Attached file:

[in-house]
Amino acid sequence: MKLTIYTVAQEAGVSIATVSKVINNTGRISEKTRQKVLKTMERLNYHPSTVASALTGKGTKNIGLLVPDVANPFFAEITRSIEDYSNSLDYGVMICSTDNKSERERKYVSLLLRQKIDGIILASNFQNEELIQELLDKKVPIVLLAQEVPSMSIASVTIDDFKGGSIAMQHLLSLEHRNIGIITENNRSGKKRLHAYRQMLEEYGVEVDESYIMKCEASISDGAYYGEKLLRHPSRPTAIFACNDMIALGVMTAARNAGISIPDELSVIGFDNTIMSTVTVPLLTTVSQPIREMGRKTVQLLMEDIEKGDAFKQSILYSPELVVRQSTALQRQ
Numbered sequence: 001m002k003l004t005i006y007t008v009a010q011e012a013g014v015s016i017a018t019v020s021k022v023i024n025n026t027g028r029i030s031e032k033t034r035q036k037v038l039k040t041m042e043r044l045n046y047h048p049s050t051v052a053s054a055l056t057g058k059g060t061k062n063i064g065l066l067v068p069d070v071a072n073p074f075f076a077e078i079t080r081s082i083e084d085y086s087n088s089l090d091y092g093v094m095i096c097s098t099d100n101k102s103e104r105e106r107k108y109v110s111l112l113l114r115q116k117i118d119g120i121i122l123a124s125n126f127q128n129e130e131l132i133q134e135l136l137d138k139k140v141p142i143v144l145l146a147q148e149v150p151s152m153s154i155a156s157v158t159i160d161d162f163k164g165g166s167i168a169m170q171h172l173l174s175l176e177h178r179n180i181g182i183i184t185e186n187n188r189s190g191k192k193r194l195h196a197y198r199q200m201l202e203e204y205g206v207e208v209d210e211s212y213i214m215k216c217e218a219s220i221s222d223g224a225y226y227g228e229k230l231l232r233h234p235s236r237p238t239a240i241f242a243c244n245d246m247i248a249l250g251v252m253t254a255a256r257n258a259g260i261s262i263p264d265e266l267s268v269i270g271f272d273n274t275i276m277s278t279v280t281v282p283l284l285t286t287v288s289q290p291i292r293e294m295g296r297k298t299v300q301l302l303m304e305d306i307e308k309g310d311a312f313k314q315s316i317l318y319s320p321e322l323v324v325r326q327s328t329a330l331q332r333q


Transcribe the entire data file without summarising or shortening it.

[in-house]
Amino acid sequence: MKLTIYTVAQEAGVSIATVSKVINNTGRISEKTRQKVLKTMERLNYHPSTVASALTGKGTKNIGLLVPDVANPFFAEITRSIEDYSNSLDYGVMICSTDNKSERERKYVSLLLRQKIDGIILASNFQNEELIQELLDKKVPIVLLAQEVPSMSIASVTIDDFKGGSIAMQHLLSLEHRNIGIITENNRSGKKRLHAYRQMLEEYGVEVDESYIMKCEASISDGAYYGEKLLRHPSRPTAIFACNDMIALGVMTAARNAGISIPDELSVIGFDNTIMSTVTVPLLTTVSQPIREMGRKTVQLLMEDIEKGDAFKQSILYSPELVVRQSTALQRQ
Numbered sequence: 001m002k003l004t005i006y007t008v009a010q011e012a013g014v015s016i017a018t019v020s021k022v023i024n025n026t027g028r029i030s031e032k033t034r035q036k037v038l039k040t041m042e043r044l045n046y047h048p049s050t051v052a053s054a055l056t057g058k059g060t061k062n063i064g065l066l067v068p069d070v071a072n073p074f075f076a077e078i079t080r081s082i083e084d085y086s087n088s089l090d091y092g093v094m095i096c097s098t099d100n101k102s103e104r105e106r107k108y109v110s111l112l113l114r115q116k117i118d119g120i121i122l123a124s125n126f127q128n129e130e131l132i133q134e135l136l137d138k139k140v141p142i143v144l145l146a147q148e149v150p151s152m153s154i155a156s157v158t159i160d161d162f163k164g165g166s167i168a169m170q171h172l173l174s175l176e177h178r179n180i181g182i183i184t185e186n187n188r189s190g191k192k193r194l195h196a197y198r199q200m201l202e203e204y205g206v207e208v209d210e211s212y213i214m215k216c217e218a219s220i221s222d223g224a225y226y227g228e229k230l231l232r233h234p235s236r237p238t239a240i241f242a243c244n245d246m247i248a249l250g251v252m253t254a255a256r257n258a259g260i261s262i263p264d265e266l267s268v269i270g271f272d273n274t275i276m277s278t279v280t281v282p283l284l285t286t287v288s289q290p291i292r293e294m295g296r297k298t299v300q301l302l303m304e305d306i307e308k309g310d311a312f313k314q315s316i317l318y319s320p321e322l323v324v325r326q327s328t329a330l331q332r333q